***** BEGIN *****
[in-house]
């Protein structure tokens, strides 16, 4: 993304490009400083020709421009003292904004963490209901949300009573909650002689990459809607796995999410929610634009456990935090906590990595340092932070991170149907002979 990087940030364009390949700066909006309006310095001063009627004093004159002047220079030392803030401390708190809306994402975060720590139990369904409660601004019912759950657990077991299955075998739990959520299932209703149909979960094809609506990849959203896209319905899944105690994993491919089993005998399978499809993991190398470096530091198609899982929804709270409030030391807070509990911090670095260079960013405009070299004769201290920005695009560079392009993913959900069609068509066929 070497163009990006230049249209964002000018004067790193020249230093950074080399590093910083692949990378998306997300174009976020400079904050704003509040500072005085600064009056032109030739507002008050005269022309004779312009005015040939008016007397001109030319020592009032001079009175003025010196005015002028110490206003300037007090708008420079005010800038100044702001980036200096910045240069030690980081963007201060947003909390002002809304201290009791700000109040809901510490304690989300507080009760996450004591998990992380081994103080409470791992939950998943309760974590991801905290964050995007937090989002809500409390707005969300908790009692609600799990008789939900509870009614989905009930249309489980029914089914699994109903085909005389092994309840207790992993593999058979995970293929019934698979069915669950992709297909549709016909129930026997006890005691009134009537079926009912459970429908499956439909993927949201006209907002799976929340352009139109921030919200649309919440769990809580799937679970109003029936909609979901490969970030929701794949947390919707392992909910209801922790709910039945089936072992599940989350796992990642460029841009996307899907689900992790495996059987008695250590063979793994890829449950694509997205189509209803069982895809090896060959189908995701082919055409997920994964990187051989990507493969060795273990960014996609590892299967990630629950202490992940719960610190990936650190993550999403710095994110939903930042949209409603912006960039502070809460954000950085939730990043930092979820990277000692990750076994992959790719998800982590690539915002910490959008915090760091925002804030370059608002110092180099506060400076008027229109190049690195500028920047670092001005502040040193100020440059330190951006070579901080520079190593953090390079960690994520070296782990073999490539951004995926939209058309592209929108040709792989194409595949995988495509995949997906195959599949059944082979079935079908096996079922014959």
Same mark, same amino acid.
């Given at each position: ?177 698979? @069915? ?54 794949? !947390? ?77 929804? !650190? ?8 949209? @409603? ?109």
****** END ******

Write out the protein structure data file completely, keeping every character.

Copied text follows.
[in-house]
């Protein structure tokens, strides 16, 4: 993304490009400083020709421009003292904004963490209901949300009573909650002689990459809607796995999410929610634009456990935090906590990595340092932070991170149907002979 990087940030364009390949700066909006309006310095001063009627004093004159002047220079030392803030401390708190809306994402975060720590139990369904409660601004019912759950657990077991299955075998739990959520299932209703149909979960094809609506990849959203896209319905899944105690994993491919089993005998399978499809993991190398470096530091198609899982929804709270409030030391807070509990911090670095260079960013405009070299004769201290920005695009560079392009993913959900069609068509066929 070497163009990006230049249209964002000018004067790193020249230093950074080399590093910083692949990378998306997300174009976020400079904050704003509040500072005085600064009056032109030739507002008050005269022309004779312009005015040939008016007397001109030319020592009032001079009175003025010196005015002028110490206003300037007090708008420079005010800038100044702001980036200096910045240069030690980081963007201060947003909390002002809304201290009791700000109040809901510490304690989300507080009760996450004591998990992380081994103080409470791992939950998943309760974590991801905290964050995007937090989002809500409390707005969300908790009692609600799990008789939900509870009614989905009930249309489980029914089914699994109903085909005389092994309840207790992993593999058979995970293929019934698979069915669950992709297909549709016909129930026997006890005691009134009537079926009912459970429908499956439909993927949201006209907002799976929340352009139109921030919200649309919440769990809580799937679970109003029936909609979901490969970030929701794949947390919707392992909910209801922790709910039945089936072992599940989350796992990642460029841009996307899907689900992790495996059987008695250590063979793994890829449950694509997205189509209803069982895809090896060959189908995701082919055409997920994964990187051989990507493969060795273990960014996609590892299967990630629950202490992940719960610190990936650190993550999403710095994110939903930042949209409603912006960039502070809460954000950085939730990043930092979820990277000692990750076994992959790719998800982590690539915002910490959008915090760091925002804030370059608002110092180099506060400076008027229109190049690195500028920047670092001005502040040193100020440059330190951006070579901080520079190593953090390079960690994520070296782990073999490539951004995926939209058309592209929108040709792989194409595949995988495509995949997906195959599949059944082979079935079908096996079922014959």
Same mark, same amino acid.
């Given at each position: ?177 698979? @069915? ?54 794949? !947390? ?77 929804? !650190? ?8 949209? @409603? ?109």